Timing is everything
You be the judge: subliminal message or neon-flashing billboard?
In reporting Minnesota GOP Gov. Tim Pawlenty's upcoming visit in December to New Hampshire, the Union Leader heralded it as the “unofficial launch” of the 2012 presidential campaign season.
The article appeared on Nov. 11, just two short days before the Nov. 13 visit by U.S. House Minority Leader John Boehner, who apparently only decided to spend some time in New Hampshire in November “for the waters,” to quote Rick Blaine.
Subtraction by addition
Here's one possible explanation why the state has perennial budget problems: there's an arithmetic gap.
In a fund-raising letter berating Democrats (and received by a few prominent Democrats mind you – check that mailing list, guys!) Republican Sen. Peter Bragdon avers, the GOP is “just two seats away from taking control of the Senate.”
Let's do a little fact-checking on that. “Two seats away,” according to most experts on the New Hampshire Senate would mean the Republicans had 11 seats. Thus “two seats” would give them 13-11 majority in the 24-seat Senate.
But … whoops! Republicans actually hold 10 seats at last count – and that's counting the seat held by now-former Sen. Ted Gatsas, the newly elected mayor of Manchester, and there's a special election planned to fill that seat.
Last time F&J checked 10+2 = 12. And 12 seats would mean a tie, with neither party controlling the Senate.
Further proof that talk is cheap
Perhaps the most notable result of L'affaire Lambert is that the errant right-wing blogger and erstwhile radio host has now joined the likes of Rep. Steve Vaillancourt in somehow managing to make Democratic Party chair Ray Buckley a sympathetic figure.
Lambert, as if you didn't know by now, became THE topic of discussion for almost a full 96 hours – an incredible feat in our 24-hour, ADD-hobbled news cycle – after apparently thinking that a live-streaming video camera really wasn't a loaded weapon (so to speak) and spouting off a few seconds of virulent pearls of ignorance aimed at Buckley. (After calling Buckley “a faggot,” he then entertained his audience with a 4th grade boys room imitation of a gay man supposedly walking before regressing to 3rd grade with the closing statement, “Other than that, happy birthday Ray and many more – not.”)
Chief among the ironies in this irony-filled saga is that Lambert — who has tried for years to topple political figures from their sanctimonious perches — actually succeeded this time. Unfortunately for him, he was the topplee. After his public bout of verbal diarrhea, the Granite Grok meister was first kicked off his radio show, then lost his newspaper column and then sent himself on at least temporary exile from his blog.
Of course, as in most cases of this sort, this wasn't the first time Lambert has made such recklessly juvenile comments. One primo example appeared in May. After hearing about comic Wanda Sykes' remarks at the White House Correspondents Dinner about former Vice President Dick Cheney, he wrote: “May she choke on a chicken bone or a watermelon rind. Whatever gets the job done.”)
The predictable fallout from the latest incident involved finger-pointing, apology-demanding and back-pedaling by politicos of all stripes — the usual stuff that accompanies the horse after it's already left the barn.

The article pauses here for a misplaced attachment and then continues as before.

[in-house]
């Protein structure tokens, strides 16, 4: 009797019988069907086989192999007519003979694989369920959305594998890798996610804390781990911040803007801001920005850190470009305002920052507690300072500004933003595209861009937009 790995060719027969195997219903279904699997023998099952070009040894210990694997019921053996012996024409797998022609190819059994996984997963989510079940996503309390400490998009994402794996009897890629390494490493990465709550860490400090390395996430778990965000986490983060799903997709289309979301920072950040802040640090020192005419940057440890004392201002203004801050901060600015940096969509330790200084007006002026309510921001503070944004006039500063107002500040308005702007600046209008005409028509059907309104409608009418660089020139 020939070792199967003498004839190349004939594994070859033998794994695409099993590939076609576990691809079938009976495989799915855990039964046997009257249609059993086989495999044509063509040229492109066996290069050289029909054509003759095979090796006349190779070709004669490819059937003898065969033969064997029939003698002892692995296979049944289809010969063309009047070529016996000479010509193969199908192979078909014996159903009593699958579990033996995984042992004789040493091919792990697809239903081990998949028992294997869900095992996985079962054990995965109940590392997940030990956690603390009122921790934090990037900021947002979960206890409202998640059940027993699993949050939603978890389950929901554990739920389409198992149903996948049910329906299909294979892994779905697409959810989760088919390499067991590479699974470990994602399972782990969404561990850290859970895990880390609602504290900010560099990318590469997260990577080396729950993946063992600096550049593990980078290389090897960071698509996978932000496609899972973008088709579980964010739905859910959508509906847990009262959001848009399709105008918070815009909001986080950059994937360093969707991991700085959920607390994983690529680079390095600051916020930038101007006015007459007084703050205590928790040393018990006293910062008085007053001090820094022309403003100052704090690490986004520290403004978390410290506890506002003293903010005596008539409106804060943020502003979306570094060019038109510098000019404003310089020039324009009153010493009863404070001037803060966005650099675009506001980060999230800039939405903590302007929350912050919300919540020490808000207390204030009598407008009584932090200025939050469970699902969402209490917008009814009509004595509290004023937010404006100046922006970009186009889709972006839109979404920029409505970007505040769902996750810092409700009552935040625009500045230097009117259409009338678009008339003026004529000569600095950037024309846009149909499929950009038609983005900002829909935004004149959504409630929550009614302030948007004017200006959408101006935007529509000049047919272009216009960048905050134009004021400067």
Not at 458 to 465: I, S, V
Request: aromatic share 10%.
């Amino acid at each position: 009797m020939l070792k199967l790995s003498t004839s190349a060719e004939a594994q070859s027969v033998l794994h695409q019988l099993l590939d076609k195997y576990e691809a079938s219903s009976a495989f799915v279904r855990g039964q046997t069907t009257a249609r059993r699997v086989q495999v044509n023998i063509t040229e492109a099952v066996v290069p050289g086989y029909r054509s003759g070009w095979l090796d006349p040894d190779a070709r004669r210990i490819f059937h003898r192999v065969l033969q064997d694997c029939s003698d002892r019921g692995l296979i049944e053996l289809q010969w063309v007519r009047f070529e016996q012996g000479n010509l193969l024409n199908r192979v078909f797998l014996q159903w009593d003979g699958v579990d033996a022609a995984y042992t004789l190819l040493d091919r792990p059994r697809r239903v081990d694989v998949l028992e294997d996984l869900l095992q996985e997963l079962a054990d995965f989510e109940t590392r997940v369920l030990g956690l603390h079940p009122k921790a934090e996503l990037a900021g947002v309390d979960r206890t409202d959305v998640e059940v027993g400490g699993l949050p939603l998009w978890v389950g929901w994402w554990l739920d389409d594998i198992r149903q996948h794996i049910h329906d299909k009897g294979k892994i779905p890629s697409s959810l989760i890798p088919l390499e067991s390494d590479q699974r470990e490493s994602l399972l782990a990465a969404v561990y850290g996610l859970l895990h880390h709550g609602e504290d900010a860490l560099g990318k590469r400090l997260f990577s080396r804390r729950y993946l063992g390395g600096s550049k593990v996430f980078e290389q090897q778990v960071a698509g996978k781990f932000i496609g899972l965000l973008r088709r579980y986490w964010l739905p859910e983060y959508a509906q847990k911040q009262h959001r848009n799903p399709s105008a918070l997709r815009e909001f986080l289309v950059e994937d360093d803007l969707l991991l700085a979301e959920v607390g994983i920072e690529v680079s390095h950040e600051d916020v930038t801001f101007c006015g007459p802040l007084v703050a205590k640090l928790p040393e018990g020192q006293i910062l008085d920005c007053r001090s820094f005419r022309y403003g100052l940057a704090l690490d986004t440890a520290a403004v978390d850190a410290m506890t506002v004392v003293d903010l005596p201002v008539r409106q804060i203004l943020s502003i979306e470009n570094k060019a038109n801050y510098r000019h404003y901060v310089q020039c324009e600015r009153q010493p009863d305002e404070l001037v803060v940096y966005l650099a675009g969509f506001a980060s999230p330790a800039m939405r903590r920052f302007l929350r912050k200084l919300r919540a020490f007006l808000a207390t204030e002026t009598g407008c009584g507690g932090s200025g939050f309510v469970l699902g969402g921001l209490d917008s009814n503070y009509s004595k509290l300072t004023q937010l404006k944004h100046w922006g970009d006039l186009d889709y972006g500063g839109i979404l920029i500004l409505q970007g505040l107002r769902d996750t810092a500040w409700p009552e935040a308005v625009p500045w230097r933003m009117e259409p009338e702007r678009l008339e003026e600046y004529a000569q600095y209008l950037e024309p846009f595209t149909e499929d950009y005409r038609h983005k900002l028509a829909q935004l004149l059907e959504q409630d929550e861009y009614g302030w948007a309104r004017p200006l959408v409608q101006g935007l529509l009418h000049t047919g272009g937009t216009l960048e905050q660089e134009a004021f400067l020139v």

One other nugget stands out in the whole sordid mess: It turns out that in 2007, Lambert posted a piece on his blog after the professionally offensive right-wing commentator Ann Coulter called then-respectable presidential candidate John Edwards a “faggot.” Lambert opined that falling to such depths was Coulter's “Britney Spears moment.”
F&J TOTE BOARD
New Hampshire's Republican U.S. senator sends out a letter of support for GOP Senate hopeful Kelly Ayotte.
The professional political analyst leaves her post at the New Hampshire Institute of Politics at Saint Anselm College.
The Hollis businessman becomes the fourth candidate in the GOP U.S. Senate primary, joining Kelly Ayotte, Ovide Lamontagne and Bill Binnie.
The former New Hampshire state senator and current Florida resident backtracks on his claim that he had been “hired” by the Save CMC organization to speak against the proposed affiliation Catholic Medical Center and Dartmouth-Hitchcock.
Manchester's mayor-elect endorses Hooksett Republican Terry Pfaff in the race to fill his state Senate seat.
The Republican Manchester alderman, who was the object of Mayor Frank Guinta's infamous “rescue” attempt earlier this year in a city social club, loses his seat to state Rep. Barbara Shaw.
Doug and Stella Scamman:
The former House speaker and his wife agree to serve as honorary co-chairs of Republican Ovide Lamontagne's U.S. Senate campaign.
The former Health and Human Services commissioner reportedly meets with the Republican Governors Association in Washington about a potential 2010 gubernatorial run.
It's been making the rounds...
• Frank Guinta's recent finger-pointing at the state for a foreseeable fiscal problem in Manchester shows that no further proof is needed that he's ready to be in Congress.
• You'll notice that, in deciding to buy a railroad, Warren Buffett chose Burlington Northern Santa Fe and not Pan Am Railways.
• How come so much was made of the successful property tax-cap vote in Manchester, but you barely heard a peep about Claremont voters rejecting a spending cap?
• You really have to wonder what the Human Rights Campaign was thinking in honoring Ray Buckley for his better-late-than-never “marriage equality” efforts in New Hampshire, while at the same time snubbing same-sex marriage bill sponsor Jim Splaine, not to mention Governor Lynch, who signed the thing.
• You can't blame the state Democratic Party for not doing its darndest to bring down the unemployment rate – it's just hired its 11th staffer.
This article appears in the November 20 2009 issue of New Hampshire Business Review